While that noise is going on, you do want to be very aware that there is this headline risk that will lead to bond market volatility. That will have an effect on real estate yields. We expect that will continue for some time until new ways of dealing with the solvency and structural issues are addressed.

As that volatility shows up in the bond market and the real estate market, there can be some very interesting opportunities to buy on the dip.

REIT: What about investment capital coming from Europe?

Gordon: European institutional and retail investors have a long tradition of investing in property, they have a long tradition of doing so internationally, and they have a long tradition of investing in REIT shares. That has always been a major part of what European investors have done outside of their own region.

Major European investors are risk-averse right now. They’re looking to stay closer to home and stay closer to developed markets. They’re focusing more on income-oriented strategies. I think the U.S.  looks pretty good to them.

REIT: We’ve long been told about the allure of the BRIC nations—Brazil, Russia, India and China. How attractive are these large developing markets right now relative to the more established regions, such as North America?

Gordon: I think they’re still very attractive. These countries still have a terrific growth story ahead of them.

Most portfolios are built for long time horizons and steady income. The developing nations bring a different risk-return mix. They enable investors to get pure play access to growth in a targeted way. Also, foreign direct investment by corporations has gotten back on track after the financial crisis, and this is capital that will help these developing markets grow.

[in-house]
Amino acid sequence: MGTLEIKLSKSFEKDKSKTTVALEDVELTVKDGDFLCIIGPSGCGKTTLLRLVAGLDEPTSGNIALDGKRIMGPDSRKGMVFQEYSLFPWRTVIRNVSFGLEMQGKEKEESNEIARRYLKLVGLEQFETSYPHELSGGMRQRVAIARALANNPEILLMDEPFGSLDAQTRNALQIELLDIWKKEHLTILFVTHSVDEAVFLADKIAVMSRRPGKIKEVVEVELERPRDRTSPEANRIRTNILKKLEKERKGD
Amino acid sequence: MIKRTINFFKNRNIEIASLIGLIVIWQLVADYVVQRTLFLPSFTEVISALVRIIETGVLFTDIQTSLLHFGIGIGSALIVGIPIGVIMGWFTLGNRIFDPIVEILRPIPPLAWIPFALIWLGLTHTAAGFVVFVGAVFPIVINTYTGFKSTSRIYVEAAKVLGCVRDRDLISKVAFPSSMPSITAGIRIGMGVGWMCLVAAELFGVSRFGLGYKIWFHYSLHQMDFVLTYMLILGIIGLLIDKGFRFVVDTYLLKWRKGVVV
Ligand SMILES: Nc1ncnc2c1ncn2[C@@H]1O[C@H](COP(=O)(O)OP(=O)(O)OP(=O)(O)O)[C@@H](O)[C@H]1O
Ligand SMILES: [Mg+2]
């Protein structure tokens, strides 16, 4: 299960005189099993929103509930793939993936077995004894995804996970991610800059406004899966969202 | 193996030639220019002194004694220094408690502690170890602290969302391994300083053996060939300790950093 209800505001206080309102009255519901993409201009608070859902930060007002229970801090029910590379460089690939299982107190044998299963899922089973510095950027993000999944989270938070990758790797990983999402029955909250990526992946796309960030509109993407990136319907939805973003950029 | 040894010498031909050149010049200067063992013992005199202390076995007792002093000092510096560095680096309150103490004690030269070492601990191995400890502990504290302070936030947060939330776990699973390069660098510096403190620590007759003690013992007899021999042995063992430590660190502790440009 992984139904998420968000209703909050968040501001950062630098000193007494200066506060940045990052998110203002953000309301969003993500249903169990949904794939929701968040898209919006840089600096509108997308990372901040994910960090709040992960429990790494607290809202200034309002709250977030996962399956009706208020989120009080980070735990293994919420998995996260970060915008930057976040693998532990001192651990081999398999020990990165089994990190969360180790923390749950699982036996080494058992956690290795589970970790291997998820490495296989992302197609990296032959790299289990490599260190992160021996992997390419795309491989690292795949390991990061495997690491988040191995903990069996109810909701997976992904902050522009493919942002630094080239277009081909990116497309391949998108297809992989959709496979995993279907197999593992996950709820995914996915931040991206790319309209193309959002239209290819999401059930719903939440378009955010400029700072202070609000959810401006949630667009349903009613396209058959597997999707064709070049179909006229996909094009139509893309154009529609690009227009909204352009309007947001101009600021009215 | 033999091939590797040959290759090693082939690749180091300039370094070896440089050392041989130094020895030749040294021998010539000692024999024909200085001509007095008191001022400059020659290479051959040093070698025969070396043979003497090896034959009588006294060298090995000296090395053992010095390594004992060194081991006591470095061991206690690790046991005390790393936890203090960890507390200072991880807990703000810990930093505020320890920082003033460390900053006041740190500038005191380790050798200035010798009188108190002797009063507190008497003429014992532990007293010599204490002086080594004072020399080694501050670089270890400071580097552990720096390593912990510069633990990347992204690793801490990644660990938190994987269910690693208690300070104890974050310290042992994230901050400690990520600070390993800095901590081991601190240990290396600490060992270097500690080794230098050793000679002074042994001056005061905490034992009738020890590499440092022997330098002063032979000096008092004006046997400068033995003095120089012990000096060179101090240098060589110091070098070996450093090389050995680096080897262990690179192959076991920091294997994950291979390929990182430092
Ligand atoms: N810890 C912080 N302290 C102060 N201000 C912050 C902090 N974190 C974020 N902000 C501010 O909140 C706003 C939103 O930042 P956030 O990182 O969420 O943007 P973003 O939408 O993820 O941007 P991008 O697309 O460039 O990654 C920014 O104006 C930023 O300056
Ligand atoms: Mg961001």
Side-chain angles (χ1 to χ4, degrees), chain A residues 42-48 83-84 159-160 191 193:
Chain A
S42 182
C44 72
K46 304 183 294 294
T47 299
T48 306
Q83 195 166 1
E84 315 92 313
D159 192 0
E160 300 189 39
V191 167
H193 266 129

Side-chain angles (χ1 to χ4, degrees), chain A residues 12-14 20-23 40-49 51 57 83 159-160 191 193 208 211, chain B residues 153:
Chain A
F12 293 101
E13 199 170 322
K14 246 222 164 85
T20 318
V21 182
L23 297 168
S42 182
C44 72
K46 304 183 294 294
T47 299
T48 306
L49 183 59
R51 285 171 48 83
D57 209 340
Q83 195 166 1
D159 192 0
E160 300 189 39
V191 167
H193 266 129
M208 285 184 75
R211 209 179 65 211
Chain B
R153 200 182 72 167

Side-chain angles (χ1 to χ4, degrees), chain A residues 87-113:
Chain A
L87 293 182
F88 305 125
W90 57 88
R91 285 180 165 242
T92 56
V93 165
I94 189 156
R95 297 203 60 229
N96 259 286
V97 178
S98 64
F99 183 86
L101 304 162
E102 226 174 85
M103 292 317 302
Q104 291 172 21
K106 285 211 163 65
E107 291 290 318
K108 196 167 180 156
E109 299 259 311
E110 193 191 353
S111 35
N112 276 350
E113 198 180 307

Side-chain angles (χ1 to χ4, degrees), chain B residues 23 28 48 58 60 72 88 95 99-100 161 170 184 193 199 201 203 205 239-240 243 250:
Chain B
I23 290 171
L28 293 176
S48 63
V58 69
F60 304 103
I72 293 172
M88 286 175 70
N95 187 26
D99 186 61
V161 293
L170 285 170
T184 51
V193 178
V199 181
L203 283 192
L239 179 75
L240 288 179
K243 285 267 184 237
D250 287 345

At the end of the day, the BRIC nations will end up being a relatively small part of international (ex-domestic) real estate portfolios for some time, somewhere in the range of 5 percent to 15 percent for most.

REIT: Maybe I just don’t have a proper appreciation for history, but it seems as though the BRIC countries have been called “developing” for a while now. At what point can we consider them “established,” at least in terms of their commercial real estate markets?

Gordon: In real estate terms, I think the thing to watch is the level of economic activity taking place inside a country. It isn’t until you get into the range of per-capita GDP between $10,000 and $15,000 that you find more economic activity taking place inside a building than outside. Western China, for example, is still much more rural-based, while Eastern China has built urban skylines.

As a real estate investor, you have to be patient and understand that in these countries, a lot of economic activity will eventually happen in an urban area and in a building. Right now, in many parts of the BRIC countries, the economy is still transitioning to a more urbanized setting.

"The desire for more transparency is universal among investors."

REIT: Looking ahead, what do you see being the major theme in the commercial real estate market worldwide in the next decade?

Gordon: The big change over that timeframe will be that the demographic-driven aging of the developed world will be 10 years on.

In the G7 economies, there will have to be accommodations made for the aging of society. That can show up in very subtle ways that may be surprising to us. It’s not just aging, but also better health care, better nutrition. So, there’s a longevity component. People will be living longer at the same time that their fertility rates are dropping. That means there will be a different age structure in society. Shopping patterns will change. Health care will continue to change.

Those shifts will impact countries that have viable real estate investment options for an aging society. The way that real estate will feel the effects of those changes is something to be watched and anticipated carefully.